Sunday, December 22, 2019

K.A.C. 2019 - T - 3 ...

     Good morning! Three days to go and in case you think we're providing you with nothing but our own odd brand of Christmas Cheer while you lounge about listening to your Philco, think again ... speaking of which, just how large WAS that monstrosity? Maybe it's just the perspective of the picture, but this beast looks MASSIVE compared to the wistful lass gazing abstractedly at it. Plus I can't help thinking just how much more of a conversation piece it would be if you removed that crystal bowl off the top and added in some gold-plated angels facing in an opposite direction and wait for your guests to ask ... "Oh, this little thing? Yes, it's the Philco 'Ark Of the Covenant' model - limited edition, you know, but the pickup range is HEAVENLY!" 

     Yeah, I know ... my mind works in mysterious ways. Anyway, back to today's Christmas For Your Ears story. Our tale today is as far away from Christmas Cheer as you'll ever hope to hear or see. First a bit of history:

     All your police procedural shows on TV now, your NCIS's, your CSI's, your Law and Order's, etc., owe their existence to the very first show: DRAGNET. Created, written, produced and starring Jack Webb, the show dramatized case files from the Los Angeles Police Department. DRAGNET (the radio series) ran from 1949 - 1957. It was, as Wikipedia puts it: 

      " ... an American radio series, enacting the cases of a dedicated Los Angeles police detective, Sergeant Joe Friday, and his partners. The show took its name from the police term "dragnet", meaning a system of coordinated measures for apprehending criminals or suspects.

     Dragnet is perhaps the most famous and influential police procedural drama in media history. The series gave audience members a feel for the boredom and drudgery, as well as the danger and heroism, of police work. Dragnet earned praise for improving the public opinion of police officers. Actor and producer Jack Webb's aims in Dragnet were for realism and unpretentious acting. He achieved both goals, and Dragnet remains a key influence on subsequent police dramas in many media."

     The most famous episode of the radio series was called ".22 Rifle for Christmas." Again, Wikipedia tells us:

     "Though tame by modern standards, Dragnet—especially on the radio—handled controversial subjects such as sex crimes and drug addiction with unprecedented and even startling realism. In one such example, Dragnet broke an unspoken (and rarely broached) taboos of popular entertainment in the episode ".22 Rifle for Christmas" which aired December 22, 1949 and repeated at Christmastime for the next three years ... NBC received thousands of complaint letters, including a protest by the National Rifle Association. Webb forwarded many of the letters to police chief Parker who promised "ten more shows illustrating the folly of giving rifles to children".

     I've deliberately not included the plot in the above quote, but it's one of the most tense and devastating half hours of radio drama you'll ever hear - give it a listen here: 

      The episode was so memorable that when Jack Webb produced and starred in the first of his many DRAGNET television series, he recreated it, again to massive acclaim and complaints, but it equally got the point across. You can watch the entire episode at the link below:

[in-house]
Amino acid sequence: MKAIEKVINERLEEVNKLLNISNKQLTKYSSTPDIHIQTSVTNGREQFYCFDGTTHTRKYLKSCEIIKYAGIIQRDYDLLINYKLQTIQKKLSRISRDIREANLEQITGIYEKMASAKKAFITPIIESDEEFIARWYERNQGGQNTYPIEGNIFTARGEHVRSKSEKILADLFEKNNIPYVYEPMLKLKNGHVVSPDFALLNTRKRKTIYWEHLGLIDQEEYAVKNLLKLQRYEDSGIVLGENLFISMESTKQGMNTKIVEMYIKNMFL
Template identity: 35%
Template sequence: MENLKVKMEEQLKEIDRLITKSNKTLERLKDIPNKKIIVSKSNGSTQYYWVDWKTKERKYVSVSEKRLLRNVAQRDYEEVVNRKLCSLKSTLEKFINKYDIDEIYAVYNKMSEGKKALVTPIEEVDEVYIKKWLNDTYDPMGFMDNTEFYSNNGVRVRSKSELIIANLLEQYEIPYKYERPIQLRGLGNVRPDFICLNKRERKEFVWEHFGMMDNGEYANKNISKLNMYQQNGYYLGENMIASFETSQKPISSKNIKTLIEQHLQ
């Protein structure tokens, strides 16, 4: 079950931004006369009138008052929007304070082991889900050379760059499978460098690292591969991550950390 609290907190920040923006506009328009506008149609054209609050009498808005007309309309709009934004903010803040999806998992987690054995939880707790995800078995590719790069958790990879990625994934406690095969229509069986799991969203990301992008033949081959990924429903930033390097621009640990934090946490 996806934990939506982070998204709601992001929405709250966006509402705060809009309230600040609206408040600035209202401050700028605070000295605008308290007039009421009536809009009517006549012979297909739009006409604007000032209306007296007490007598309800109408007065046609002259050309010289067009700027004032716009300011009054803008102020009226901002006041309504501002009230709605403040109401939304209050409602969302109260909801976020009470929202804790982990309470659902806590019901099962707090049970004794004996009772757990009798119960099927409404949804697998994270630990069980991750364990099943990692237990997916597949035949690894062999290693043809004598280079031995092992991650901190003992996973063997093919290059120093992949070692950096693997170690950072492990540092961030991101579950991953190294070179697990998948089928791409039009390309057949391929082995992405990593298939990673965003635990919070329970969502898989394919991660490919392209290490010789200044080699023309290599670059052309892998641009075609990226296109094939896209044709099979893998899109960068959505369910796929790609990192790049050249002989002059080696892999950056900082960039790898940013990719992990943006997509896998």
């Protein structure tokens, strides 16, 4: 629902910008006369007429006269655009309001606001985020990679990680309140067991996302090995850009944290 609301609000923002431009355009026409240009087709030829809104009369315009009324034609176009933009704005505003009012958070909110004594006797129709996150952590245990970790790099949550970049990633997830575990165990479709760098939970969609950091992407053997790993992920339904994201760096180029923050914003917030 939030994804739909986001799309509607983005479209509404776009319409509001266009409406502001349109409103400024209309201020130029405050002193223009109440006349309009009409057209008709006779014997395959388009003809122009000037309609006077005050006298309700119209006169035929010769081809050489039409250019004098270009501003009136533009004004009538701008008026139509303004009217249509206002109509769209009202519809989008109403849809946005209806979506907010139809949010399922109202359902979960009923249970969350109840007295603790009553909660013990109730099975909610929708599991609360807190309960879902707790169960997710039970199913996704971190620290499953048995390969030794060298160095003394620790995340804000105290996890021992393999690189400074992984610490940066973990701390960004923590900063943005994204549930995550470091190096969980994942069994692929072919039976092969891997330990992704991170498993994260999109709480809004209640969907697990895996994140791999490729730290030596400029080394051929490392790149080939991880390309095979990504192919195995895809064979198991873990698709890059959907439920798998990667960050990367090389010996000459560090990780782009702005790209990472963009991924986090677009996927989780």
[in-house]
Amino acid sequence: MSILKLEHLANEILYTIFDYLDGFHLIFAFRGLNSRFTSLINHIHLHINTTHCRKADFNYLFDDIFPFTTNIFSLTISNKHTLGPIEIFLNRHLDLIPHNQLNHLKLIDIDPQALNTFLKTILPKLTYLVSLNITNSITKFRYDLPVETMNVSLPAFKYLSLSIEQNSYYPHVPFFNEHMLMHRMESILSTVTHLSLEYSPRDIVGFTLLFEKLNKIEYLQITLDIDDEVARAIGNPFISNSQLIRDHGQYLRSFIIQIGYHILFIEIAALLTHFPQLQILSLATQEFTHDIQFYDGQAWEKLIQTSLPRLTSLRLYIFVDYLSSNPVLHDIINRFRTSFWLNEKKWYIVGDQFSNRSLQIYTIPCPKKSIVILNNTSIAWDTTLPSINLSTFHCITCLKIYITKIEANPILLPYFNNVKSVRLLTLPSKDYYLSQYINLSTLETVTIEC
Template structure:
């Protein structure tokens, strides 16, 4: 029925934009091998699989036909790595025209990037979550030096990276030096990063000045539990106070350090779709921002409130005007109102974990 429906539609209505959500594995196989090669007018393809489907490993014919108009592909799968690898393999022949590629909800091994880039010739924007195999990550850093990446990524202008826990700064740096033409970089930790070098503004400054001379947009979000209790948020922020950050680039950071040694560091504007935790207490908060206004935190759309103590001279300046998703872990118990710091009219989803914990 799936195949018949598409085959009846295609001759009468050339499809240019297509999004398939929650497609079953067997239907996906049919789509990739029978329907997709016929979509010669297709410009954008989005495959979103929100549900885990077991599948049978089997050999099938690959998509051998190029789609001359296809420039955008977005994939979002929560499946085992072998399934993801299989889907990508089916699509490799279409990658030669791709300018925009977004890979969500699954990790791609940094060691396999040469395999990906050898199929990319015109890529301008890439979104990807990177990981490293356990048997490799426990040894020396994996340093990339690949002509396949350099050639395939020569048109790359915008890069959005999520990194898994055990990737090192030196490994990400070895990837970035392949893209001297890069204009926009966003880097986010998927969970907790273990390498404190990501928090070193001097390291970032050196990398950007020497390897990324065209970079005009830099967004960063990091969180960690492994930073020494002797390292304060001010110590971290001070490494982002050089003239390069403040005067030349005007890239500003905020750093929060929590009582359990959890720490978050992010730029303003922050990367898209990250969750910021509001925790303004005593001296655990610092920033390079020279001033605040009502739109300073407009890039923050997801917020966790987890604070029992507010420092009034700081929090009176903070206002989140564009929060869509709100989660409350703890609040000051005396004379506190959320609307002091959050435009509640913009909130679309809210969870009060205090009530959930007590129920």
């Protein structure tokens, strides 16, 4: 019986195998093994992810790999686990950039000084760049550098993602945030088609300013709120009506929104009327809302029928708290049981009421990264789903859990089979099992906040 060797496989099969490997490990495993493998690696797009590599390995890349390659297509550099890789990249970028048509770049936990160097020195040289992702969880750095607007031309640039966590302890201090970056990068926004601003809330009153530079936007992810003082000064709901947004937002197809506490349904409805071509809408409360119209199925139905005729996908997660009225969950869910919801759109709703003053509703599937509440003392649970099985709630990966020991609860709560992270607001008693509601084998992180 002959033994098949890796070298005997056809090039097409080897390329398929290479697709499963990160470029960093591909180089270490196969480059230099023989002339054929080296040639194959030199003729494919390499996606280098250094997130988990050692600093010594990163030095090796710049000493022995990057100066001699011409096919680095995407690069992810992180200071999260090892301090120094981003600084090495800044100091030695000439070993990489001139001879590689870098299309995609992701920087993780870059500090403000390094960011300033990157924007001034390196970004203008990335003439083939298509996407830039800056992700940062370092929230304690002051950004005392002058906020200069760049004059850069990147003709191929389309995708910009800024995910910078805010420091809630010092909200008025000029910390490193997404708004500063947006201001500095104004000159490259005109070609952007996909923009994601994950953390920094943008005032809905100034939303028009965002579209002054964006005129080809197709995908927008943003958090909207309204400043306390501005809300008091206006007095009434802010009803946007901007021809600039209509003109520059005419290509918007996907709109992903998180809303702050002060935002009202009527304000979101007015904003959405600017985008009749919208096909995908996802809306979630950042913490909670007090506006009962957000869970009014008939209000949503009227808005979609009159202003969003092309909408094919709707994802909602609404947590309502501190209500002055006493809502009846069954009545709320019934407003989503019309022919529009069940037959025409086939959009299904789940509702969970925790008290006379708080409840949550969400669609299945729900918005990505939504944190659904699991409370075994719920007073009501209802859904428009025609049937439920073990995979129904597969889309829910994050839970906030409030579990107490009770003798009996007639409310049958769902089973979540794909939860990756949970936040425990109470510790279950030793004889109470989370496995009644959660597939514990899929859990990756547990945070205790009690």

After the repeated Christmas airings of this cautionary tale, DRAGNET replaced it with a much more light-hearted story that also was repeated during the holidays. Again, Wikipedia relates:

     ".22 Rifle for Christmas" was replaced as the series' Christmas story on December 22, 1953 with "The Big Little Jesus", which followed the detectives' investigation of the theft of a statue of the baby Jesus from a church Nativity scene. With its happier ending than ".22 Rifle", this episode was repeated at Christmastime the following year. The late-1960s TV version of Dragnet included a newly produced version of "The Big Little Jesus", which featured Barry Williams (later of The Brady Bunch) as one of the altar boys."

     When I was a little boy, I had an uncle who loved the show and watched it all the time. I used to watch it with him - thankfully, I never saw the '.22 Rifle' episode, but I well remember the early television version of this episode. It's one of Jack Webb's best written episodes and has some of the dry humor that was later added in, to show the more human side of the policemen. First up is the radio version of the story, which aired on December 22nd, 1953. 

     The radio link below mentions this about the show: "The television version of The Big Little Jesus aired just two days after the radio broadcast, and was a milestone in television history.  Although the only surviving copies of this episode are in black and white, this program was the first major network show to be broadcast in colour; even on the surviving monochrome copies, 'Pathe-Color' can be seen in the credits."

     You can find more facts about the episode and the history of it below at this link:


     Once you've finished with the radio version, you can watch the full TV episode here: 


           Last but not least, like most iconic shows, DRAGNET received its parodies and spoofs over the years. One of the best and most fondly remembered was this Merrie Melodies cartoon with Daffy Duck and Porky Pig called 'Rocket Squad' - THIS will renew your Christmas Cheer ... you're welcome!


          Only two more to go!

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